Volcker Says Rule Won’t Apply to Foreign Banks’ Non-U.S. Units
U.S. plans to ban proprietary trading by banks won’t apply to foreign banks operating outside the country, former Federal Reserve Chairman Paul Volcker said.
“The law and concept is quite clear,” Volcker told reporters in Abu Dhabi today. “Proprietary trading by foreign banks in the United States is prohibited. Foreign banks outside the U.S. are not covered.”
Central bankers and regulators globally have expressed concern that the so-called Volcker rule, which would apply to the U.S. operations of overseas banks, may be extended to firms’ operations across the rest of the world. Michel Barnier, the European Union’s financial services chief, said on Feb. 23 the proposed ban may cause problems for banks in some of the largest economies in Europe.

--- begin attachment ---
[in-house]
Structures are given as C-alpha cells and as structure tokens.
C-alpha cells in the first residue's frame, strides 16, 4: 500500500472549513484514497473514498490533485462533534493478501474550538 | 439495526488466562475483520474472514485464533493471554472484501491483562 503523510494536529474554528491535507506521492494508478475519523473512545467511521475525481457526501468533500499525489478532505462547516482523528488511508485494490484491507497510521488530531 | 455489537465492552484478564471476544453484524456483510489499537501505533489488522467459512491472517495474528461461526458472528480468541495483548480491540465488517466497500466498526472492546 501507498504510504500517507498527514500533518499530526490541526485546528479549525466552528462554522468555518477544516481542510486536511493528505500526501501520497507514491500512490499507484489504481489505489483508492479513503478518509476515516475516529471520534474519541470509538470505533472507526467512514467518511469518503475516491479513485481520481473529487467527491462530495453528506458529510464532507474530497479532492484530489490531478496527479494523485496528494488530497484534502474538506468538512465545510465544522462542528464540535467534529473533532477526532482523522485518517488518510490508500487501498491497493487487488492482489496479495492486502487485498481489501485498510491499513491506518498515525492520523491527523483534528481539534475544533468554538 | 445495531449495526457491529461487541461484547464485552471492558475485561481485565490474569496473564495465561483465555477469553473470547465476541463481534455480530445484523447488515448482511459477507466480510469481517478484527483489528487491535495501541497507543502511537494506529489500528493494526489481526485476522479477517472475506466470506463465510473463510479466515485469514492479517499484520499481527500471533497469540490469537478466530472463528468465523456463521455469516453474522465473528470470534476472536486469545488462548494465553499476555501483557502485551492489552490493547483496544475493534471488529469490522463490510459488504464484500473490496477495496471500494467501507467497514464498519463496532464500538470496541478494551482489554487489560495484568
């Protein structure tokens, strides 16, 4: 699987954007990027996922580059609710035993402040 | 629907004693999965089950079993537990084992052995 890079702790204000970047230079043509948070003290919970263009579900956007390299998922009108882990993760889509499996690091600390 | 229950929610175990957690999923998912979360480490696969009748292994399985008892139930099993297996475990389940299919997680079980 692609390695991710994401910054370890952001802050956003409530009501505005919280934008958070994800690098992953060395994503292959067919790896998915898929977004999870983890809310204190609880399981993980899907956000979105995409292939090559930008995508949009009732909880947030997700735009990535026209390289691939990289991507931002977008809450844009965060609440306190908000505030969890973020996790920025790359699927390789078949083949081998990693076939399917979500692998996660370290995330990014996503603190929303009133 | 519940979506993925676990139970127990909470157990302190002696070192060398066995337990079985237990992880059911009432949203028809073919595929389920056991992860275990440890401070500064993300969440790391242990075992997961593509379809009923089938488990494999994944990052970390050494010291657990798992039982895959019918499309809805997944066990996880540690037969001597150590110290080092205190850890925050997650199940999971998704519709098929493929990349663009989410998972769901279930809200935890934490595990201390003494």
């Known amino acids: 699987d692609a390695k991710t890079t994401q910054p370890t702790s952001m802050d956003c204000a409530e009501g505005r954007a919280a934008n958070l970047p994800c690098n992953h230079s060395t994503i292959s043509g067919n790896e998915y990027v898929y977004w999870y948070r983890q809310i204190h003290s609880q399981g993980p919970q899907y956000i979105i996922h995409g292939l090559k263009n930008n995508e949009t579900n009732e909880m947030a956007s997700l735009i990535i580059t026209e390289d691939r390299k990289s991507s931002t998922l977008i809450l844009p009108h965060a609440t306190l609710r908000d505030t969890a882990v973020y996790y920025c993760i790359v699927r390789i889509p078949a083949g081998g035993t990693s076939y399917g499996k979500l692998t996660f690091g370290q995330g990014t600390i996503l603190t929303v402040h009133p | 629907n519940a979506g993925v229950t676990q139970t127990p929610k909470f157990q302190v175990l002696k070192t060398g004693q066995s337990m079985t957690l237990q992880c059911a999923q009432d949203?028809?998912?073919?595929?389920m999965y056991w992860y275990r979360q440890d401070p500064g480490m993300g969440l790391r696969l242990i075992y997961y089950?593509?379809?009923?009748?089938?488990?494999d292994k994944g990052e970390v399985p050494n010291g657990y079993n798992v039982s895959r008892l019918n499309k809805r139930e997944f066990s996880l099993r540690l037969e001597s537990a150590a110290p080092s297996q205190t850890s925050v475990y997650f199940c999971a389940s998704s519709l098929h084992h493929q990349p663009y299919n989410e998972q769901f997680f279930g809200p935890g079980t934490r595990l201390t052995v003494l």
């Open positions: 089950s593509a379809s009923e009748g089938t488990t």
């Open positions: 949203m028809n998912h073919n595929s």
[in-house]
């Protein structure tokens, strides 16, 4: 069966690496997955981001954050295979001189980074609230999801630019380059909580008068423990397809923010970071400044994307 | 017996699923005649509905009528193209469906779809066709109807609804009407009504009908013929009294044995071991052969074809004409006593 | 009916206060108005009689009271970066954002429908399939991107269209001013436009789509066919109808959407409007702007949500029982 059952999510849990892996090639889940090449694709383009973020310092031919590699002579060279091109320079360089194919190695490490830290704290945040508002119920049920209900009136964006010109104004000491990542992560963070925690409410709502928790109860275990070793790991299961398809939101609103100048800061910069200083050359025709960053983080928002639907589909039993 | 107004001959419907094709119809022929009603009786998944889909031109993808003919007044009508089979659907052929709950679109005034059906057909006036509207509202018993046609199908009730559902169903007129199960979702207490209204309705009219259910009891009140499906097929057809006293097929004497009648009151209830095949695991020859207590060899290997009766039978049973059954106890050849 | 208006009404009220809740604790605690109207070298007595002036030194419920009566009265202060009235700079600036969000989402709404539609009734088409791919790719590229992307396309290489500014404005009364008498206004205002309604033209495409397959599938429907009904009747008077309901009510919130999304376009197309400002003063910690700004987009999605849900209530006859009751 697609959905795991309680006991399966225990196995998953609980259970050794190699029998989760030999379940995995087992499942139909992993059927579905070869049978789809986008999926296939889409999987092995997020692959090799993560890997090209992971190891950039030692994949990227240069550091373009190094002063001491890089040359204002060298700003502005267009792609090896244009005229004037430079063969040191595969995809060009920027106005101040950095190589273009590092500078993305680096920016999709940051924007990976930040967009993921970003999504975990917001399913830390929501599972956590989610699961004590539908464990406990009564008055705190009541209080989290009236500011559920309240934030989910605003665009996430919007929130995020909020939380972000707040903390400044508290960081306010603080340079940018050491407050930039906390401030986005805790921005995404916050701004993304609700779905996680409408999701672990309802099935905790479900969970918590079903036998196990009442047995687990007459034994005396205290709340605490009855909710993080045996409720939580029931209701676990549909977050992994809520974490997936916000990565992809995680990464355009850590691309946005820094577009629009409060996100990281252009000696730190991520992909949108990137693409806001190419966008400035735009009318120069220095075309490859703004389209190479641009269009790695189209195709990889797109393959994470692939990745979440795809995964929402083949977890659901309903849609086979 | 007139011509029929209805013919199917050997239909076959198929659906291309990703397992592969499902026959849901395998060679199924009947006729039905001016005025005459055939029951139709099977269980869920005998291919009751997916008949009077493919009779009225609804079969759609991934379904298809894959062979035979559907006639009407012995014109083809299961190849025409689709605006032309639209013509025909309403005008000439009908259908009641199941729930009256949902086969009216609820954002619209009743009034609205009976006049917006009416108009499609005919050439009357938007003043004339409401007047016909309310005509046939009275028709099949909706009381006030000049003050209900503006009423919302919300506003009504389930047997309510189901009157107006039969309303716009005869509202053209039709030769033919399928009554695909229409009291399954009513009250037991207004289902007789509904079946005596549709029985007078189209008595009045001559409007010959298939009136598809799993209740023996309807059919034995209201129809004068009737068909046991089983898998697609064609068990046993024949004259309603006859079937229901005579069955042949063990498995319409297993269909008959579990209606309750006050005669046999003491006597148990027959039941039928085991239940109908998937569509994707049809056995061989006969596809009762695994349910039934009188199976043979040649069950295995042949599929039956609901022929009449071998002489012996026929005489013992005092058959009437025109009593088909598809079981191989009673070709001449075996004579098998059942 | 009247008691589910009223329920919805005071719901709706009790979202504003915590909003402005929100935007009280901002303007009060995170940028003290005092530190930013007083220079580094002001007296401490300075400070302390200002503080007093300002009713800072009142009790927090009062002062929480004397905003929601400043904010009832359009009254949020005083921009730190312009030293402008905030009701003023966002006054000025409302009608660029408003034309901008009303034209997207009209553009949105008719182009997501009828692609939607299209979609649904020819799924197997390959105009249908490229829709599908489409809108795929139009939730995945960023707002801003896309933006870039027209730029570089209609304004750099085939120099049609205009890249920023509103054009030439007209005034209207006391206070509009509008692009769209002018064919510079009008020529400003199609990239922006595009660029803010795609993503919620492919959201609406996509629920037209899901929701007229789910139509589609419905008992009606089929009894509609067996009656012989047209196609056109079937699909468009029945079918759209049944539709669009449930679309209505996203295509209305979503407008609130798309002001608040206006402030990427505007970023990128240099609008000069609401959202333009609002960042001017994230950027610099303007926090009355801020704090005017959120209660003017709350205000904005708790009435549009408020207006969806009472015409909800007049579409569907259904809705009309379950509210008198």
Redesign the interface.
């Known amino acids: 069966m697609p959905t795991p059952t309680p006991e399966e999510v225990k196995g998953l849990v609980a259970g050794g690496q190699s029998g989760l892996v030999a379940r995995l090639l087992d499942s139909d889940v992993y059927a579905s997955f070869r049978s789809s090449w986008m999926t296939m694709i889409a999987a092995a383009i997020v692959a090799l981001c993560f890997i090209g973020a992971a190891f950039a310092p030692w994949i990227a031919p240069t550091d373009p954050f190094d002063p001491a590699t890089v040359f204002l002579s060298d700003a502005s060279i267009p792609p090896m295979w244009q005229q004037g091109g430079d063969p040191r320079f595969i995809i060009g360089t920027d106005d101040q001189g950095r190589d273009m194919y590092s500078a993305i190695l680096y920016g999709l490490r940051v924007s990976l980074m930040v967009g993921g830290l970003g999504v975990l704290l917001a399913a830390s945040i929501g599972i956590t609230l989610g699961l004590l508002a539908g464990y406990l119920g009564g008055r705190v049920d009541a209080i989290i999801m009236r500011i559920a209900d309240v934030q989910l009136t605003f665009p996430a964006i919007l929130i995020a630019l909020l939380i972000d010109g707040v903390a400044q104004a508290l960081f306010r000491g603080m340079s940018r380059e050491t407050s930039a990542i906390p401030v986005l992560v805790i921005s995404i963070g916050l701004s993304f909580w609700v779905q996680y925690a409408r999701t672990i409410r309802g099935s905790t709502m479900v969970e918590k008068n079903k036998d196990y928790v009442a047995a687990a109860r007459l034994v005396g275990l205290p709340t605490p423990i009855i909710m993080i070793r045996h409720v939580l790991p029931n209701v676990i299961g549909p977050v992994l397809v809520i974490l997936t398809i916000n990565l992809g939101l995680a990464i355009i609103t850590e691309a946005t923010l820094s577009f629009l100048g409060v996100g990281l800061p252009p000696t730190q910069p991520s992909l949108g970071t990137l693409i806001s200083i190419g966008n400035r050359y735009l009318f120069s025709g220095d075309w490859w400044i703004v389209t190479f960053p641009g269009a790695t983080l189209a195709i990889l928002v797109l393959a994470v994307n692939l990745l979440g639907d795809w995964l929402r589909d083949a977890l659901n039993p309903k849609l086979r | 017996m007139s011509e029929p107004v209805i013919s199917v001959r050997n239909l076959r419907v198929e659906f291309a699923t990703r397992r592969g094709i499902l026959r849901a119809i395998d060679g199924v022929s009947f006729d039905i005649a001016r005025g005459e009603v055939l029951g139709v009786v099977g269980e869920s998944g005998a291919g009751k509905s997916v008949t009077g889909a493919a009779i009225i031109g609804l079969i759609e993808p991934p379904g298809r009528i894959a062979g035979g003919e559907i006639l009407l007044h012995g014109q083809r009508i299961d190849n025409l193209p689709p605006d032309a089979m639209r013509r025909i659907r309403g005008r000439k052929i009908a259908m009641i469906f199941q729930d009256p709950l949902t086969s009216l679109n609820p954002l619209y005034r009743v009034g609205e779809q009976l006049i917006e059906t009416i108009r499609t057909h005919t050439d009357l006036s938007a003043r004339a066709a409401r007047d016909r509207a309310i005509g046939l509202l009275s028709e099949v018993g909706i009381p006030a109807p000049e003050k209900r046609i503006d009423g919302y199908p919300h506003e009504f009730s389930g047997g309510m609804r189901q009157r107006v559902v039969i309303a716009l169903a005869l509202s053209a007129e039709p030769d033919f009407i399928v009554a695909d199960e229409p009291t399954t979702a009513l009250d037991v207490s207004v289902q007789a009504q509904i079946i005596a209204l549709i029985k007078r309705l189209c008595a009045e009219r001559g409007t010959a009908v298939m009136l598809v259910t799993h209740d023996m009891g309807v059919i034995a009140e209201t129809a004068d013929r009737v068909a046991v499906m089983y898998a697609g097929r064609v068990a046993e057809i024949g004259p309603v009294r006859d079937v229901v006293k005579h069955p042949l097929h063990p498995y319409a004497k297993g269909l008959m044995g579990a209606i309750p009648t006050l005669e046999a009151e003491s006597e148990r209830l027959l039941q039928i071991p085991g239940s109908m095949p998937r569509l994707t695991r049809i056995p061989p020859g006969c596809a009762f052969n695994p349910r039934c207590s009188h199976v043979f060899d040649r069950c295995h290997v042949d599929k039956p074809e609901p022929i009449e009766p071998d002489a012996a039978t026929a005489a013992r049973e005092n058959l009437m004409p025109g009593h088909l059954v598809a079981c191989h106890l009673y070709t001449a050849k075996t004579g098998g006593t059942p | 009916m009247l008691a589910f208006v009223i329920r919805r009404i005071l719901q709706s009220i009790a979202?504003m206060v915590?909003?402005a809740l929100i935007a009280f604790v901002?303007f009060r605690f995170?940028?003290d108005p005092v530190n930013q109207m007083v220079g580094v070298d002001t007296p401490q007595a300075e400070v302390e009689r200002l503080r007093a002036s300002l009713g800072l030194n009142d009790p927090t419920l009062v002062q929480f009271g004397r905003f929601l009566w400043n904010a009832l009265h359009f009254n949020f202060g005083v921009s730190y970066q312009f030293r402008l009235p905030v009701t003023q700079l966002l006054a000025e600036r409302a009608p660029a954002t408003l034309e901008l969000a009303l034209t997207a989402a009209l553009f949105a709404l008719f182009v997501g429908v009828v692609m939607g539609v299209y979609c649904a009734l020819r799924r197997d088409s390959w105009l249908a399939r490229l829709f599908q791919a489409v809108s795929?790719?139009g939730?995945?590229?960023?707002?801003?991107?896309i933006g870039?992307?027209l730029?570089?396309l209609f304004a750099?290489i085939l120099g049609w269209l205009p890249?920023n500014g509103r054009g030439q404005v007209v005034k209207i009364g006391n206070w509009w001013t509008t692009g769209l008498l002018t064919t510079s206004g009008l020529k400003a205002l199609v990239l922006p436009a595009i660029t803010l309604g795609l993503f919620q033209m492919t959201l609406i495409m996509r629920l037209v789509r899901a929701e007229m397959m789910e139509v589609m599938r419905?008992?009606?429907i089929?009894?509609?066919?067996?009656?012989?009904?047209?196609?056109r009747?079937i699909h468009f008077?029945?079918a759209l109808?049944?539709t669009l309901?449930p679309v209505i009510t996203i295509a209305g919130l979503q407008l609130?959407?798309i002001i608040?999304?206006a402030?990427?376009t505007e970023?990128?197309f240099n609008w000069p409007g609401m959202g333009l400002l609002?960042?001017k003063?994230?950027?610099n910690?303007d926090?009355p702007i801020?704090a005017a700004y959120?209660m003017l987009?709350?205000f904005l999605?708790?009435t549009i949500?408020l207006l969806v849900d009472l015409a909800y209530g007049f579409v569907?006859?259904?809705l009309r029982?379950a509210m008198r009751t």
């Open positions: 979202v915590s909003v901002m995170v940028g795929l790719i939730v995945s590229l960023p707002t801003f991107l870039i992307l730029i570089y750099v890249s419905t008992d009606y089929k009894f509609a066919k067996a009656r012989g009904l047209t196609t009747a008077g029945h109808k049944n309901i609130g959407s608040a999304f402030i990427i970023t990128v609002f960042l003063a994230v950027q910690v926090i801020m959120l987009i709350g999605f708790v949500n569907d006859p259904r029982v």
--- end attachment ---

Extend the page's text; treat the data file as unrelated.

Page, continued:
The “technical application” of the so-called Volcker rule “to the operations of non-American banks has raised some angst,” Volcker said.
The Volcker rule, included in the U.S. Dodd-Frank Act scheduled to take effect in July, is aimed at restricting risky trading at banks that operate with federal guarantees.
In a joint letter published Feb. 13, the world’s largest banks demanded changes to the proposed ban on proprietary trading. They said the rule would increase risk, raise investor costs, hurt U.S. competitiveness and be vulnerable to court review. Group of 20 leaders haven’t endorsed the rule, which exempts U.S. government debt though not non-U.S. government bonds.
These concerns “I hope can be satisfactorily resolved” in a review of the proposals, Volcker said. The rule doesn’t restrict market making by banks and the underwriting of securities, he said.
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